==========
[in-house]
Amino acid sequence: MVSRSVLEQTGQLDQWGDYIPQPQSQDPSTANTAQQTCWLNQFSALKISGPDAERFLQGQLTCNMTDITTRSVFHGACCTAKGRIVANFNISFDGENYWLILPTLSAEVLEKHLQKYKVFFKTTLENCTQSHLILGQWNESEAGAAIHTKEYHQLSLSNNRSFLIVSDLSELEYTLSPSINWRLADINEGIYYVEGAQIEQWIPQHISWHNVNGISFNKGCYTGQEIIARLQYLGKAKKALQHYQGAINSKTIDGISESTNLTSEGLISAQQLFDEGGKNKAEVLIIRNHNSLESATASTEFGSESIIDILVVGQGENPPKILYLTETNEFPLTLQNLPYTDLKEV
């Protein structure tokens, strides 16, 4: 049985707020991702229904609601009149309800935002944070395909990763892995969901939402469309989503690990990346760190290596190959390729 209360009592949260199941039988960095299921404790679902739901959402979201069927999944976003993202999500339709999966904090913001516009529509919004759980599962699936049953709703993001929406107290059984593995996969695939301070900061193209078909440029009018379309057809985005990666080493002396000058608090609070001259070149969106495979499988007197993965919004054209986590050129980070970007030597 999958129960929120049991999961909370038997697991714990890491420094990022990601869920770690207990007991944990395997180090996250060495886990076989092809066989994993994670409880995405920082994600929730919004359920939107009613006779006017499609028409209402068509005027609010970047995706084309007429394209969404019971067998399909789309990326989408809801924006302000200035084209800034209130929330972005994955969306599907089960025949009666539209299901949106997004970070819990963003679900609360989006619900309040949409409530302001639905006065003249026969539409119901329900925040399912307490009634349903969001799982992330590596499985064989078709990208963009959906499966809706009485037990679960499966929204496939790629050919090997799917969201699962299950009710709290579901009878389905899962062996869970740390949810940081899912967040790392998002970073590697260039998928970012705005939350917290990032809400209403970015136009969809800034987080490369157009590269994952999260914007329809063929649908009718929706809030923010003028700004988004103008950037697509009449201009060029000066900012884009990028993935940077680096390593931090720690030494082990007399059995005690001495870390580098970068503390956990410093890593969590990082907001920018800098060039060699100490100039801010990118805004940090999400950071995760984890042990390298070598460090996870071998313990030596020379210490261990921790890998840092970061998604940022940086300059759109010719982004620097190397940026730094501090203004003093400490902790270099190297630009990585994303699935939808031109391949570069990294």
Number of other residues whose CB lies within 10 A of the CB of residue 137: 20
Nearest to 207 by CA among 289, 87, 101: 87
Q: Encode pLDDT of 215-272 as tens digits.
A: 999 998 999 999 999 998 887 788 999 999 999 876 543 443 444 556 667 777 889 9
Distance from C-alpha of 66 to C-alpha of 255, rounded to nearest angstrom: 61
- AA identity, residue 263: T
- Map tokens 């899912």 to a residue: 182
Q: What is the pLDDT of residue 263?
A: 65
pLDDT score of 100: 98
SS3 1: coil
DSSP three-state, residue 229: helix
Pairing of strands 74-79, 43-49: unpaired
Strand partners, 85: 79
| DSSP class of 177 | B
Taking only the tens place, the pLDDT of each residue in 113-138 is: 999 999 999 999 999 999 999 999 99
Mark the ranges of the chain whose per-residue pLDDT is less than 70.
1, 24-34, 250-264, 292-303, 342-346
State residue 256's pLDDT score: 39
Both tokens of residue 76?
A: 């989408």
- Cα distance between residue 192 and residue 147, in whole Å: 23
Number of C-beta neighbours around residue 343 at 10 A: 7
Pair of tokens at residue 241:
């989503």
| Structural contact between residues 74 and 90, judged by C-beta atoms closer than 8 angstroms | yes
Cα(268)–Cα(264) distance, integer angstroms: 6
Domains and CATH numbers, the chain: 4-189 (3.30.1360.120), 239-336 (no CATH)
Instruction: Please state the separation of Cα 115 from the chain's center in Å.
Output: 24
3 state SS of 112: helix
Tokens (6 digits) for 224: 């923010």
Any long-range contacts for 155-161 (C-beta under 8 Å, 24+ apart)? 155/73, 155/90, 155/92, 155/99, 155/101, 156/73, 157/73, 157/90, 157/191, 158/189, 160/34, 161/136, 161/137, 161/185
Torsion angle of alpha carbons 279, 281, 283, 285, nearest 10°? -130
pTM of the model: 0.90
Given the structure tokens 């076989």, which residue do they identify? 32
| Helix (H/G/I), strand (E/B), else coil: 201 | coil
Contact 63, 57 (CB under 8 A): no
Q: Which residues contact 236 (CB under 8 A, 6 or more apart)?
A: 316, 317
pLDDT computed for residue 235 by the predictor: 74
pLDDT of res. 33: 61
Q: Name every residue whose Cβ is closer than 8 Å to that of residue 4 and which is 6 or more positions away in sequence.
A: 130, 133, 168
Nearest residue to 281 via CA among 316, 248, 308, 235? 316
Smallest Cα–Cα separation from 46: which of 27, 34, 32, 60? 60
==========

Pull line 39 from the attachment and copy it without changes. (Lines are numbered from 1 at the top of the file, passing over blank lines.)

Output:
Given the structure tokens 């076989």, which residue do they identify? 32